Thursday, November 22, 2012
Feast and be grateful
The masseter is the strongest muscle in your body - well, except your heart which, though technically a muscle, is a completely different kind of tissue. When the masseter contracts, your jaw closes. Sometimes your jaw snaps shut with incredible force. If not for the masseter we could not bite, and if we can't bite, we die.
I'm thinking about this magnificent muscle on the American harvest feast day we call Thanksgiving, not that the masseter has to work overtime on T-day. Most traditional Thanksgiving foods are very soft and easy to chew. You could practically eat Thanksgiving dinner without teeth. But you still need your masseter.
I'm not here to deliver a big lecture about the hazards of overeating, overdrinking, and/or getting into a screaming fight with the family member of your choice.
Thanksgiving is a pagan ritual of abundance, a sacred drama in which we act out our deepest hopes that we will be well fed throughout what was, once upon a time, a long, cold, dark winter.
The ritual requires a sacrificial animal, of course. We roast it and then display it proudly before feasting on it. There's a whole thing about placing the turkey on the platter and adorning it, before carving it, then displaying it so the dinner guests can oooo and ahhhh at the perfectly roasted bird. There is also a thing around who carves the turkey. It is an important role in the ritual. I swear the Romans could not have designed this ritual any better than we have. It is so pagan.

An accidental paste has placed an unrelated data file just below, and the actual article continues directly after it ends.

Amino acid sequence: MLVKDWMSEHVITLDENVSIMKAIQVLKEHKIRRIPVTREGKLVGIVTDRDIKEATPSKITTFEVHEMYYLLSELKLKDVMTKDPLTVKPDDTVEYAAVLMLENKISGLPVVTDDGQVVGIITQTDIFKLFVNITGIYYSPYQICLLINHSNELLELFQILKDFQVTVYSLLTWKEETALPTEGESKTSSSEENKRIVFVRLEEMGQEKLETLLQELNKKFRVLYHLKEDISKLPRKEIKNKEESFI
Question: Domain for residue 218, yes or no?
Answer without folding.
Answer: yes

For the best results in rituals of this sort, as a participant, you're supposed to overeat and drink too much. There should be too many people, too much food, too much drink. There must be some period of chaos in the putting together of the ritual foods, to stir the energy and capture the attention of the gods. There should be a huge mess afterwards, evidence of the sincere devotion of the participants. It's a ritual of abundance; hence the too much factor should apply universally.
We gather with our blood clan, or adopted clan, or both. Initially it's a pleasure to bring everybody together. As the festival days wear on, tempers begin to flare and fights inevitably break out. Rituals need energy in order to work. The crankiness, shouting, crying as well as the laughing and joking, adds to the energy of the spell which is not complete until the last of the leftovers have either been consumed or relegated to the compost pile.
Some choose to eat way too much, until they are in pain. Others will eschew the rules of abundance, and pick at their food. Each must choose according to his/her values and sense of what's proper. Most will eat just a little too much, in accordance with the Tao of Goldilocks. By being slightly overfull as the result of our feast, we show the gods we wish to be well fed all winter. May it be so!
When I say everyone is a shaman, I am not being facetious. Everyone really is a shaman today in the U.S., enacting a sacred drama of the harvest.
May we never hunger. May we never thirst. Shalom.
The sacrifice, elegantly presented.